As early as January 18, this year, the US Department of Health and Human Services (HHS), via the Office of Human Research and Protection (OHRP), released the final regulations (the Final Rule), bringing about notable changes to the Federal Policy for the Protection of Human Subjects (The Common Rule), according to a Hallrender.com report.
According to the report, the final rule follows HHS’s September 2015 notice of proposed rulemaking (“NPRM“) in which HHS and 15 other federal agencies and departments announced their intent to revise the Common Rule to modernize the federal policy on human subjects research and to align the Common Rule with the many changes and advancements that have taken place in the research industry since the Common Rule was originally promulgated in 1991.
HHS received over 2,100 public comments in response to the NPRM. In response to concerns raised by commentators, the Final Rule contains a number of significant revisions from the NPRM, including the removal of a controversial provision that would have required researchers to obtain consent before using non-identified bio-specimens, says the report and added that a majority of the provisions of the Final Rule will go into effect January 19, 2018.
In the NPRM, HHS proposed to significantly expand the scope of the Common Rule to cover all research studies, including those studies that are not federally funded but are conducted at institutions receiving federal funds for non-exempt human subject’s research. In the Final Rule, HHS declined to expand the scope of the Common Rule and instead noted that institutions may choose to establish an institutional policy that would require Institutional Review Board (“IRB”) review of research that is not funded by a Common Rule agency.
Bio-specimens and the Definition of Human Subject
In what was arguably the most controversial provision of the NPRM, HHS proposed to expand the definition of “human subject” to include bio-specimens, whether or not the specimens contained identifiable information. Due to hundreds of comments opposing the proposal to require consent for the secondary use of bio-specimens, HHS declined to expand the definition of “human subject” under the Final Rule. As a result, the regulation related to the use of bio-specimens remains unchanged, and bio-specimens must be identifiable to be subject to the Common Rule.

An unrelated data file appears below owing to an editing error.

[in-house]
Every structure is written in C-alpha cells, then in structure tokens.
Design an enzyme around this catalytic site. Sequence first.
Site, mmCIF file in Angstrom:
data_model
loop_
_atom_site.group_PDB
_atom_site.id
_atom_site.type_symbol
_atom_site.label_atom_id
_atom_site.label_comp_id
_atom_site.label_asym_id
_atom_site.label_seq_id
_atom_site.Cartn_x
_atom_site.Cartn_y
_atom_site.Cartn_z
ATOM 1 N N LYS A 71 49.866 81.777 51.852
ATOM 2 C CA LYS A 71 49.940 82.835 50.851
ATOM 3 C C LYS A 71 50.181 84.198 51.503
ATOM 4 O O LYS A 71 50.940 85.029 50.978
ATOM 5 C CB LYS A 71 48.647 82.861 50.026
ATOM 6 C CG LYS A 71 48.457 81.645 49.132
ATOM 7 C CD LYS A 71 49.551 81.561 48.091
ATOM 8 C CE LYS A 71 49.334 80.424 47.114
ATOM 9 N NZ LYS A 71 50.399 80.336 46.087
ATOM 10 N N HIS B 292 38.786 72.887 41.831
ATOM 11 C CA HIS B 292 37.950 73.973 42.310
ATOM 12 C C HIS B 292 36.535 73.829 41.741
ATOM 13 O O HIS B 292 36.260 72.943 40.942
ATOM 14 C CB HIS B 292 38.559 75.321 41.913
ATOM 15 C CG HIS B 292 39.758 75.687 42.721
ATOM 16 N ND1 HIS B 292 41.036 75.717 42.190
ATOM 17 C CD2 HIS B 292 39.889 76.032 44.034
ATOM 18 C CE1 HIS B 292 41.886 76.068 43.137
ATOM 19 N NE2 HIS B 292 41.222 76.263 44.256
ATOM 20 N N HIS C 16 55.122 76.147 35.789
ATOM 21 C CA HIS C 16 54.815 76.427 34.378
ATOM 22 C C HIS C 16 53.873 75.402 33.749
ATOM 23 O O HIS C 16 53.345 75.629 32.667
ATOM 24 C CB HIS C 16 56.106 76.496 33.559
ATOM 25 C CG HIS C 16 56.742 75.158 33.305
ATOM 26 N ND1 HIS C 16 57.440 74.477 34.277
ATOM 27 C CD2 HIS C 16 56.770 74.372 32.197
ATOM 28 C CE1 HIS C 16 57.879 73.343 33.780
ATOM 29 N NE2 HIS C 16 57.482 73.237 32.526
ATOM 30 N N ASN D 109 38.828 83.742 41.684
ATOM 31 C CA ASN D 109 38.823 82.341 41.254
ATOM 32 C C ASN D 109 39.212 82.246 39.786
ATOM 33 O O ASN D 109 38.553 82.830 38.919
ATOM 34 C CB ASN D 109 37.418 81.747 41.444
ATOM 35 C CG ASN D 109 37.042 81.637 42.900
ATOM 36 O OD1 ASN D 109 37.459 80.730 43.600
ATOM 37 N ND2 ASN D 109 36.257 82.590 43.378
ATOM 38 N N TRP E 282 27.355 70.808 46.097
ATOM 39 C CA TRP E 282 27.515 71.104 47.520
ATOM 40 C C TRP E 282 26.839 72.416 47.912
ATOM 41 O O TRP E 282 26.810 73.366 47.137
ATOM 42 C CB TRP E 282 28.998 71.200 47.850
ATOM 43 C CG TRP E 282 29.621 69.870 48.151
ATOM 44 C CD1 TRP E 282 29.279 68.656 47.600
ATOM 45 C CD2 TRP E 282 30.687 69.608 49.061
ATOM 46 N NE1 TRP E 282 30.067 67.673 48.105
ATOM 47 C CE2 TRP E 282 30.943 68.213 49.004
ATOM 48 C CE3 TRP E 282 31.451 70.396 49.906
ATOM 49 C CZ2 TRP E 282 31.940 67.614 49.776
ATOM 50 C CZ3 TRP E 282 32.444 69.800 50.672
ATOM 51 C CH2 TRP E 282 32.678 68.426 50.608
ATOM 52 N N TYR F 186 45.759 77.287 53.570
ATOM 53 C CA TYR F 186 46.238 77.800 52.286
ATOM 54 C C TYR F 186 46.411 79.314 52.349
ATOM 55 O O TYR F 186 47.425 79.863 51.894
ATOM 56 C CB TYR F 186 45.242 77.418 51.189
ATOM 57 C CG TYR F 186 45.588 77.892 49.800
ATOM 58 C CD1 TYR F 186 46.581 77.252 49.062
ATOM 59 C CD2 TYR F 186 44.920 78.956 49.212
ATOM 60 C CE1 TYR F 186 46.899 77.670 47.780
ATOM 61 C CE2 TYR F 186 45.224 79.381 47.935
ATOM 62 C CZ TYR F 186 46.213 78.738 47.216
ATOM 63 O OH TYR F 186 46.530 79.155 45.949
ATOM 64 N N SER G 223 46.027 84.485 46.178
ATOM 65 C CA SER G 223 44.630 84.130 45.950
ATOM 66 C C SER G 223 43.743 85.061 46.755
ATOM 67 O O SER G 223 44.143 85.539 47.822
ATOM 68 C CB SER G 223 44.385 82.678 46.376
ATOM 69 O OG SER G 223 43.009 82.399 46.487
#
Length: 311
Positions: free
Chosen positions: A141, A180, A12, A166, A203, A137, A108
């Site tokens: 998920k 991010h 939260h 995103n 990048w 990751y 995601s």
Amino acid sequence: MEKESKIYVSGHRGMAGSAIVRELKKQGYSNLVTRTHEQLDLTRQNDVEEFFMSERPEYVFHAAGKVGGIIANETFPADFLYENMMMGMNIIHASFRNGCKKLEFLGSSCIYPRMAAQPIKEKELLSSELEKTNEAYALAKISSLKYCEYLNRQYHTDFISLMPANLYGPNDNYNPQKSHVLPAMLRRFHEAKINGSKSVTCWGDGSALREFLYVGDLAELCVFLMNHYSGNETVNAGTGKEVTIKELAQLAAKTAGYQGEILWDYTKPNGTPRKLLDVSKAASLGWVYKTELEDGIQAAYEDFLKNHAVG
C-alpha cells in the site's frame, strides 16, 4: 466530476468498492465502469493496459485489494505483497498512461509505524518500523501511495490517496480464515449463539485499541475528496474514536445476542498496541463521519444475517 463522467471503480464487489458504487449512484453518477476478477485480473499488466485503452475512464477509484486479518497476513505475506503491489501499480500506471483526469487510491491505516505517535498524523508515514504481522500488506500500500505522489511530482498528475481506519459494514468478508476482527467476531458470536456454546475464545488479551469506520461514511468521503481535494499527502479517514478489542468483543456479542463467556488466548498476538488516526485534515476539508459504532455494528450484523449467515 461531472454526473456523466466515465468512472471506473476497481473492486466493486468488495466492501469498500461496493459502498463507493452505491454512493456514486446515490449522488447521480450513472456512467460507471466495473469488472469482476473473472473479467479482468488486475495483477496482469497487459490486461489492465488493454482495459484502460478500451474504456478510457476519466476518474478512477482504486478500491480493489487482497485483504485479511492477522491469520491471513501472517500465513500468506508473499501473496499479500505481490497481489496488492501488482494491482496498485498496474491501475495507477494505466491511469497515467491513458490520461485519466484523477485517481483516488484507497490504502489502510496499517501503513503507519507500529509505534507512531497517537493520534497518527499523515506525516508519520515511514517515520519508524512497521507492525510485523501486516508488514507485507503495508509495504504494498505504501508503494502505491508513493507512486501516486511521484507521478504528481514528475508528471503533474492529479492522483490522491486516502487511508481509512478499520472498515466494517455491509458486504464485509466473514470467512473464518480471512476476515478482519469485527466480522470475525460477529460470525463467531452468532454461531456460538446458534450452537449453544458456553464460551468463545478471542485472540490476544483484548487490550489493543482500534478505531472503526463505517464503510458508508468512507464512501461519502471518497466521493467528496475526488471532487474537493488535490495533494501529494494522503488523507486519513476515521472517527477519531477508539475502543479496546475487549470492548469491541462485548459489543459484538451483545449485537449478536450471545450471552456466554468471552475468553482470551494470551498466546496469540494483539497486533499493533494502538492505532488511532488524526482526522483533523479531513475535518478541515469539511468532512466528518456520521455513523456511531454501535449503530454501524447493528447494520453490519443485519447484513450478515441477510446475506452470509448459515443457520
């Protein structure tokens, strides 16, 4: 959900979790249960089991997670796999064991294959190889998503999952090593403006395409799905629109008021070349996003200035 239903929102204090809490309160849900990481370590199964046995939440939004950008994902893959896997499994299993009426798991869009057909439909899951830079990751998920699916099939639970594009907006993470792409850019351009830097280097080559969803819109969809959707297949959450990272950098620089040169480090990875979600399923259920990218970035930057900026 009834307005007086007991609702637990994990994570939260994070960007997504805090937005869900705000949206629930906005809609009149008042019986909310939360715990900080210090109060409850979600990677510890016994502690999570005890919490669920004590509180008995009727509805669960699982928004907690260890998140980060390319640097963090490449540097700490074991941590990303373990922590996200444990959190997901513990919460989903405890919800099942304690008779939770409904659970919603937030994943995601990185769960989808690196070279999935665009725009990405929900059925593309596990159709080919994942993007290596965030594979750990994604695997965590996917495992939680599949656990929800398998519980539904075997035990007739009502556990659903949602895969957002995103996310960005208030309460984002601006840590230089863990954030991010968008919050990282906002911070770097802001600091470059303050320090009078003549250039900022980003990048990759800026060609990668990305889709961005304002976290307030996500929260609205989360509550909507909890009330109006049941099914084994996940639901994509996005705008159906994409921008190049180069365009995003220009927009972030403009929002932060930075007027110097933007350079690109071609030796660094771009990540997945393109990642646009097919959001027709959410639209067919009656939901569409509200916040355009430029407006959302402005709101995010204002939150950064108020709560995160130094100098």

The NPRM proposed to modify the informed consent regulations in an effort to shorten consent forms and make it easier for research subjects to locate the key information necessary to make informed decisions regarding their participation in research studies. Changes in the way that information will be presented, including a “concise and focused presentation” requirement, and details regarding information that must be presented will result in significant changes in the content and appearance of informed consent forms. Further, informed consent forms must be publicly available in a bid to improve transparency.
The NPRM proposed to exclude eleven activities from regulation under the Common Rule. HHS declined to adopt the proposed exclusions. Generally, under the Final Rule, proposed excluded activities in the NPRM either now do not meet the definition of research under the Final Rule or are classified as exempt.
The Final Rule established new exempt categories of research based on their risk profile. Under some of the new categories, exempt research will be required to undergo limited IRB review to ensure that there are adequate privacy safeguards for identifiable private information and identifiable bio-specimens.
The changes to the Common Rule will require those participating in human subject’s research to evaluate and revise many of their research processes, procedures, and policies. Compliance with the new Common Rule regulations will be required as of January 19, 2018, with the exception of the rules mandating oversight of cooperative studies by a single IRB, which will require compliance by January 20, 2020.
The foregoing is a very brief overview of the Final Rule; there are many details that will require careful consideration and compliance. Look for our upcoming series of Health Law News articles that will delve into each of these areas in more detail and provide practical advice regarding the potential impact of the changes to the Common Rule, added the report.